From Grove City, Ohio, USA:
My three year old son was diagnosed with asthma when he was about 15 months old. I have noticed that he drinks a lot of fluids. Sometimes he will not want anything to eat the whole day, and he will just want to drink anything that he can get his hands on. His thirst is always been put off as his having a dry throat from the asthma medications. He seems to pee a lot, but mostly at night. He will pee sometimes right through his diaper, soaking himself and the bed. I read a question from another mother that her son was diagnosed with severe asthma and was on prednisone. My son has been on three different steroids (Chromilyn sodium, Albuterol and prednisone). He also has been on a cough medication with codeine. I am just curious and I would like an answer from someone who thinks that I am not crazy.
It is quite understandable that you should be concerned that your small son may have developed a mild form of diabetes as a result of long term treatment of his asthma with steroids. In fact, I think it unlikely unless he has been losing weight or the frequent urination has been of recent onset.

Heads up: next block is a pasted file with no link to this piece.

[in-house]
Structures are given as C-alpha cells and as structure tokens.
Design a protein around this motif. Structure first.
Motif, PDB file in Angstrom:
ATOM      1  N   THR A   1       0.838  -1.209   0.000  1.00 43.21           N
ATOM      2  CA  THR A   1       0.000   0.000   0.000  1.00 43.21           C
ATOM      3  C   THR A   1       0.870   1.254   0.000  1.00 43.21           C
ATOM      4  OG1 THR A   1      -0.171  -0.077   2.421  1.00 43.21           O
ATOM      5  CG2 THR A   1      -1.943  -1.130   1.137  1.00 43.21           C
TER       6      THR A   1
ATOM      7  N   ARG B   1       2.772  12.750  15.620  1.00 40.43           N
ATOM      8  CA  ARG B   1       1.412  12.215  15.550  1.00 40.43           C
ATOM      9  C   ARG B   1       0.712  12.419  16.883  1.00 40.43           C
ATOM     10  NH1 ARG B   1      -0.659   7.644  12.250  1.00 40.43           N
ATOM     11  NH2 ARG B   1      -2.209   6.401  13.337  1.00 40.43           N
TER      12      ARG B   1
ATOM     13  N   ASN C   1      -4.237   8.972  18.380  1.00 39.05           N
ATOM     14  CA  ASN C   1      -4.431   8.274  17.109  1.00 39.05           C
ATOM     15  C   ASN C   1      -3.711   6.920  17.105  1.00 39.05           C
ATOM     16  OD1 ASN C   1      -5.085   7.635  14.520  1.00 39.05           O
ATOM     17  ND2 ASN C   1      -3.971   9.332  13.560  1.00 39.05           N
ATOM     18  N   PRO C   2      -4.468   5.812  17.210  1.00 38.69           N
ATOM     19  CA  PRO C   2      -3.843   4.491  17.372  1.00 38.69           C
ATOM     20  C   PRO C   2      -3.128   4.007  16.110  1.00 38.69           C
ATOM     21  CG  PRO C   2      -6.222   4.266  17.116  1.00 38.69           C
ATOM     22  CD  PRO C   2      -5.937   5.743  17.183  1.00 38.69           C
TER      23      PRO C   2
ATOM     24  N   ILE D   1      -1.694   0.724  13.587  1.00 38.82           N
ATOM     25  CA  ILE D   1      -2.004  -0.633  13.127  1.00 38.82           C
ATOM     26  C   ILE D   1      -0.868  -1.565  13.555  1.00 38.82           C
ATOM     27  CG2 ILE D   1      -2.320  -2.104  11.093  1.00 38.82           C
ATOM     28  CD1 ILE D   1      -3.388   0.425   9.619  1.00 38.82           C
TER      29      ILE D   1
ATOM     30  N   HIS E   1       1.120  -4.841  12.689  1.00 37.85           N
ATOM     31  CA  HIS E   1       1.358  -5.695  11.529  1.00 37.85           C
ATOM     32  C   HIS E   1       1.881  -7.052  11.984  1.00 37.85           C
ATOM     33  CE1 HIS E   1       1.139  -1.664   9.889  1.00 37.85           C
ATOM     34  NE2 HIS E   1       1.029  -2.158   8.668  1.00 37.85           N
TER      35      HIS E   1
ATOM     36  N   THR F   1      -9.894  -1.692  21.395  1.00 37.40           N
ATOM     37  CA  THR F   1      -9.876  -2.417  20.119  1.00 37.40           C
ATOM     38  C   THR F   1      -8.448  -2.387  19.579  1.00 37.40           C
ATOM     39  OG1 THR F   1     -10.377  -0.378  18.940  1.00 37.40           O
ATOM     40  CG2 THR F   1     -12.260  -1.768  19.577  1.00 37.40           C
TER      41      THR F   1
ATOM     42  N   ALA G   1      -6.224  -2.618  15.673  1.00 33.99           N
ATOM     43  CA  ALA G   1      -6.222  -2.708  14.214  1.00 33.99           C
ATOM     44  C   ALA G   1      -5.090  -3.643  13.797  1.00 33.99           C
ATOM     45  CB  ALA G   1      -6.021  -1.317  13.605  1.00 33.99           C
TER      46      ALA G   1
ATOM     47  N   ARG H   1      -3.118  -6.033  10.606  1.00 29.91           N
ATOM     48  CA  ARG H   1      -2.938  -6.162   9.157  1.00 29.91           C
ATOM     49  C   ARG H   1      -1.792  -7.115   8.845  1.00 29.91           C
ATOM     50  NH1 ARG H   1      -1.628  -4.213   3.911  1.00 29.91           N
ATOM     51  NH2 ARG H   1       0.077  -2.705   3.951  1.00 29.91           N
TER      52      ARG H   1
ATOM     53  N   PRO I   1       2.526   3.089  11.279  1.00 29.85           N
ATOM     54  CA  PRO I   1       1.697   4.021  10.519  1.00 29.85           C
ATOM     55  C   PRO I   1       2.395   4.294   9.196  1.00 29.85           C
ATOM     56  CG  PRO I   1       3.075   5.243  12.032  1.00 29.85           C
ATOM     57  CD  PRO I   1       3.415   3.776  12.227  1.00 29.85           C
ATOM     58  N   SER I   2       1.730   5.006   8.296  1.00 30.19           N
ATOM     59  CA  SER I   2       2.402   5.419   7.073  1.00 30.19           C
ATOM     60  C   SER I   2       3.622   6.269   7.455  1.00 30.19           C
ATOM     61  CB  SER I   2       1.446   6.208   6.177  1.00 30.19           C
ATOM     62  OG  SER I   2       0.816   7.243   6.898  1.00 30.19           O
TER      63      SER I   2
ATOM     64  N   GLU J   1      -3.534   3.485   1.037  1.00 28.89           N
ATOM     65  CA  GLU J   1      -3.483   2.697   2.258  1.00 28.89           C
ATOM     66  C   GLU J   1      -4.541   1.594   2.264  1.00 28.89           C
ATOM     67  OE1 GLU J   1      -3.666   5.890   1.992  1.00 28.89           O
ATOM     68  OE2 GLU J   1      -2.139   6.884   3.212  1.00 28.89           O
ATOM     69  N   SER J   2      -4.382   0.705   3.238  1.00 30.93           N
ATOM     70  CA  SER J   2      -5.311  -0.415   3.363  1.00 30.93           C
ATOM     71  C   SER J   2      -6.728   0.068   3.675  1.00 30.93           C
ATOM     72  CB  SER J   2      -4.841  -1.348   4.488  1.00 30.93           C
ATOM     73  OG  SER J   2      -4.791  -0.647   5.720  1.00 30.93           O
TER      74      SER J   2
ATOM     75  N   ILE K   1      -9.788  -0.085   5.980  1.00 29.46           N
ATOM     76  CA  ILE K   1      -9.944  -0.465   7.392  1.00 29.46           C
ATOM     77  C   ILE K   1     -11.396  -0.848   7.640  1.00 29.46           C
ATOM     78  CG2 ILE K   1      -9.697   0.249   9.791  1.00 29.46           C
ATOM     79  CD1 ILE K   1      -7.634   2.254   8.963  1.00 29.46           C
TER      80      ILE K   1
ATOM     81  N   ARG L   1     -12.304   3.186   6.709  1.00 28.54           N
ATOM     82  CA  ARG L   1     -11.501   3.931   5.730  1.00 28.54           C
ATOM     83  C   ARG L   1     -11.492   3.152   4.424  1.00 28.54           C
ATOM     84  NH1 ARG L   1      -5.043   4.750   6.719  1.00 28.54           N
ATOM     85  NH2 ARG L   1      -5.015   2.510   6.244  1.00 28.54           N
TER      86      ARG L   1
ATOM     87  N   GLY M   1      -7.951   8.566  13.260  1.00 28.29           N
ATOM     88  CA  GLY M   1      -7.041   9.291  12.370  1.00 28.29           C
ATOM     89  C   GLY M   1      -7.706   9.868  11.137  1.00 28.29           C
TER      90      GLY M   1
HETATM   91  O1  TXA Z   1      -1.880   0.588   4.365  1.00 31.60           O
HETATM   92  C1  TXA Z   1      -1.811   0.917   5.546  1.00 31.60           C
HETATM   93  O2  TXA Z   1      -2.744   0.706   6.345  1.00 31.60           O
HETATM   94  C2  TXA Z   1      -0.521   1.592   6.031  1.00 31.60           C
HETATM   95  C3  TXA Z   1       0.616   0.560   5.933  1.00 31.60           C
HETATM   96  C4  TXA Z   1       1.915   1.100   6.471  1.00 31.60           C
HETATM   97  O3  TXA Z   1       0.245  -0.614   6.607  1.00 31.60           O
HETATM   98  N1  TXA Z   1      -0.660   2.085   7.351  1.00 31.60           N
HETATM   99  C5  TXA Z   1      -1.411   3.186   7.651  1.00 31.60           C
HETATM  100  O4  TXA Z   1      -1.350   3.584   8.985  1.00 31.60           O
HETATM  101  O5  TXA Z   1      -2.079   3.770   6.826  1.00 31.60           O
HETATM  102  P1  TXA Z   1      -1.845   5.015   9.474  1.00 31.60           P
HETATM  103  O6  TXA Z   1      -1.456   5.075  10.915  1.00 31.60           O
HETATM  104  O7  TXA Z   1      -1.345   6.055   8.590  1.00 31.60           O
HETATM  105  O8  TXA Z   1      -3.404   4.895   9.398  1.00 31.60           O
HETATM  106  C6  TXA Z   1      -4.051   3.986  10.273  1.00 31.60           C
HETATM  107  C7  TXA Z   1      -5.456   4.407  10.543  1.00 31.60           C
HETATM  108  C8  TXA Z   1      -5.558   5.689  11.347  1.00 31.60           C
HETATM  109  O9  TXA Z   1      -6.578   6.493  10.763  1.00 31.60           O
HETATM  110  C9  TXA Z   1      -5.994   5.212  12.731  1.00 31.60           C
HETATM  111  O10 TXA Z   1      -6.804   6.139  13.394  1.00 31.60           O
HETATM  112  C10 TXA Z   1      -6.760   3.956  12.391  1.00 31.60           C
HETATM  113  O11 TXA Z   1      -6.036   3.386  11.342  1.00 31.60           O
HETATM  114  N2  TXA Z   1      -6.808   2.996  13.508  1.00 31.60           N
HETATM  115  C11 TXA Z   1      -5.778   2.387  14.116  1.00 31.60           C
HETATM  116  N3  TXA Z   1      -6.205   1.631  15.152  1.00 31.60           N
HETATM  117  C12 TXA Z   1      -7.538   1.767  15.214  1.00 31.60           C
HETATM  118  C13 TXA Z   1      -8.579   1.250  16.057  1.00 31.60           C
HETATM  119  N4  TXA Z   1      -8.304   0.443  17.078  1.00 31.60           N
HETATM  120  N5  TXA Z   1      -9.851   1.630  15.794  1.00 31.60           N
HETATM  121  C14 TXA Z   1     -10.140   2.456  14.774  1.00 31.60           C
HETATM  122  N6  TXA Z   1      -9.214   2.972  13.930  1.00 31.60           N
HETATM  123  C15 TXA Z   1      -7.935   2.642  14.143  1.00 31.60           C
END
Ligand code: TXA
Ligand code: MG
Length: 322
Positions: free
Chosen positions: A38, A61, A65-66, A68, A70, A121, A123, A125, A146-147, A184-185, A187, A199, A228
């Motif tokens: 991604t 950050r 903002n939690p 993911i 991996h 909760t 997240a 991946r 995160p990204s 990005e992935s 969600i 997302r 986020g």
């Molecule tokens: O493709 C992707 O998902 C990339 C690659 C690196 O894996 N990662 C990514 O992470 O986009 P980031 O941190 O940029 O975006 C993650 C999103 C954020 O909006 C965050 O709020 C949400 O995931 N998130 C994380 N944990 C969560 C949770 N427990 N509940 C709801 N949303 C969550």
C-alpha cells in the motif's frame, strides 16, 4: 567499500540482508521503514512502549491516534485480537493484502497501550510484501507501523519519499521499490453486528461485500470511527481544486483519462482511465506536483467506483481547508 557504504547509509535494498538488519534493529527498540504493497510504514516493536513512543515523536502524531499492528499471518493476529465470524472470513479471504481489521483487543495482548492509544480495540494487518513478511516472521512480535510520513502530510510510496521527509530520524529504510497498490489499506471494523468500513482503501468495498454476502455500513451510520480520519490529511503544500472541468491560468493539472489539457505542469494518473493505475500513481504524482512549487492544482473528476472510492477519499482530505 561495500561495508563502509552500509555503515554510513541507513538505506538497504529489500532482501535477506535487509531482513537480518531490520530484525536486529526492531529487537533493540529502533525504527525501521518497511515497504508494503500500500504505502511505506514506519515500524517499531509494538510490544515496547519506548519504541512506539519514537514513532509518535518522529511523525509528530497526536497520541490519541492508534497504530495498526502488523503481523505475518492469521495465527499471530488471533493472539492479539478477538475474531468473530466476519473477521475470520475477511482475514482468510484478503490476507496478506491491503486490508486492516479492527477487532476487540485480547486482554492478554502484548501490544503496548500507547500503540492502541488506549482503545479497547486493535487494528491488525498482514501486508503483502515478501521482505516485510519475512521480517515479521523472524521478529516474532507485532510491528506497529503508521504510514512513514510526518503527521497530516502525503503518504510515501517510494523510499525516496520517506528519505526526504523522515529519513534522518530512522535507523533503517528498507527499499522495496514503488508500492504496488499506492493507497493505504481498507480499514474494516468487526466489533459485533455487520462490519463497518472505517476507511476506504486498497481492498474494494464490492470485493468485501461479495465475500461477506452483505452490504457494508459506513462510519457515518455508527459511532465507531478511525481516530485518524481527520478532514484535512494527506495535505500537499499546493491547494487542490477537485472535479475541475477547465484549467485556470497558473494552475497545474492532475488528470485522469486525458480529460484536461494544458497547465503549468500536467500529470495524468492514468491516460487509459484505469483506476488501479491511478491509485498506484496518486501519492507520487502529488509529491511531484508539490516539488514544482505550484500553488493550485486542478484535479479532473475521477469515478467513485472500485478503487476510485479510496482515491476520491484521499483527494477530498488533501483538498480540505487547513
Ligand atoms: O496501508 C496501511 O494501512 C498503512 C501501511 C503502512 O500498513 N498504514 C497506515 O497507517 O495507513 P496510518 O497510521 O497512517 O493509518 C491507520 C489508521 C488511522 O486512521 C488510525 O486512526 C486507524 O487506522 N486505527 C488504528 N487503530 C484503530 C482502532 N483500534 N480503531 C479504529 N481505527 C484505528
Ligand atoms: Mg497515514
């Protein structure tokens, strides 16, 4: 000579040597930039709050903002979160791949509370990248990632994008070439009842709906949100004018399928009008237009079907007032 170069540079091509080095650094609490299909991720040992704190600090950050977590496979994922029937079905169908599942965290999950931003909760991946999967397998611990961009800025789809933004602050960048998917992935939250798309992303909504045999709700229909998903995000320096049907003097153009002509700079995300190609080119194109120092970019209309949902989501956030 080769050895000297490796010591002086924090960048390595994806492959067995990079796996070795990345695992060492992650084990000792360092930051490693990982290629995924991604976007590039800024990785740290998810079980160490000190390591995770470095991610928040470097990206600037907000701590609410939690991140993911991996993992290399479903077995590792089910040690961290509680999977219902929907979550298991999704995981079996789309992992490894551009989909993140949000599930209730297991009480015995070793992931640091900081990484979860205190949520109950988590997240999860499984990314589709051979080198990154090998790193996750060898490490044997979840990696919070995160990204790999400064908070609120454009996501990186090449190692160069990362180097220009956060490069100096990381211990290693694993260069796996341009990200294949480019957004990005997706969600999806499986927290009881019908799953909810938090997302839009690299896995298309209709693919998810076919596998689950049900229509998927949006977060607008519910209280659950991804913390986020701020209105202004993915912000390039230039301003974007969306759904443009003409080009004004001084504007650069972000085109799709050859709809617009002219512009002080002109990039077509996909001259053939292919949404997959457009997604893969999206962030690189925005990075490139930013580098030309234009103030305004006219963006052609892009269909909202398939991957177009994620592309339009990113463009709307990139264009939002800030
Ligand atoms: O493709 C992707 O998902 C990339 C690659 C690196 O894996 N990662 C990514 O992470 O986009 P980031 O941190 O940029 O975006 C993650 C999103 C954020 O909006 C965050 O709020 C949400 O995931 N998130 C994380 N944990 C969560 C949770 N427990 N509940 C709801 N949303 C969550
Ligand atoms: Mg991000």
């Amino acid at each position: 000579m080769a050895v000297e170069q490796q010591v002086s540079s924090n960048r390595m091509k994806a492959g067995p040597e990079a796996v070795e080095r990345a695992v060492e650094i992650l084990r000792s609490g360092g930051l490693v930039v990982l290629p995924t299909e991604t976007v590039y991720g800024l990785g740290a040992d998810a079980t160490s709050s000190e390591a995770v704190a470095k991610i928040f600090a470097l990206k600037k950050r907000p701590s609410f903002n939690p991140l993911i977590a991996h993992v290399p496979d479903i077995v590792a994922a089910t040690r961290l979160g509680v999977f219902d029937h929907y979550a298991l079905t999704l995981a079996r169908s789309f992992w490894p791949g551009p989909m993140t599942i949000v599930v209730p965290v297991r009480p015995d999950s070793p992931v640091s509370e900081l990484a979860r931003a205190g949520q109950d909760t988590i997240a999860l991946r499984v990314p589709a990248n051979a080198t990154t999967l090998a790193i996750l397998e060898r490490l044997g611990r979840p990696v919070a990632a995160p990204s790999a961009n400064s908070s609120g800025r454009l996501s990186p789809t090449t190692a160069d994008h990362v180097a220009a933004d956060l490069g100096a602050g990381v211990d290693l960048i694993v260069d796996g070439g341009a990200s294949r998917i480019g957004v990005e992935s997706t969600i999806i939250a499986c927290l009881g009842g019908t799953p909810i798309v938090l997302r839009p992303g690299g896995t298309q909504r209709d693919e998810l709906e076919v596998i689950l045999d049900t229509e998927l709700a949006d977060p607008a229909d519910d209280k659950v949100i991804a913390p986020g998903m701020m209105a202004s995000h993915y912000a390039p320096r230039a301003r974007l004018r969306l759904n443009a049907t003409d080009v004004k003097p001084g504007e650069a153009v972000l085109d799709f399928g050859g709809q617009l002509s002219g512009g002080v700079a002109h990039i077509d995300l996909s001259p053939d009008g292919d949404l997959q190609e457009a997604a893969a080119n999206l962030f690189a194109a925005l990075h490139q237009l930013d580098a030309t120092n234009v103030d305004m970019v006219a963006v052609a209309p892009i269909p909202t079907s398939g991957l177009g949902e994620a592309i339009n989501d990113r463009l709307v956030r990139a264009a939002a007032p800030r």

The quickest way to be reassured is to ask your doctor to do a fasting blood sugar test. If this is not possible in the office it would be a good alternative to ask for a few urine test strips and to put these in the diaper. Remember though that, if the fasting blood sugar is above 110 mg/dl [6.1 mmol/L], it might be a stress response to white coats and needles and not evidence of impaired glucose tolerance.
Original posting 12 Oct 2000
Posted to Diagnosis and Symptoms
Last Updated: Tuesday April 06, 2010 15:09:14
This Internet site provides information of a general nature and is designed for educational purposes only. If you have any concerns about your own health or the health of your child, you should always consult with a physician or other health care professional.
This site is published by T-1 Today, Inc. (d/b/a Children with Diabetes), a 501c3 not-for-profit organization, which is responsible for its contents.
© Children with Diabetes, Inc. 1995-2015. Comments and Feedback.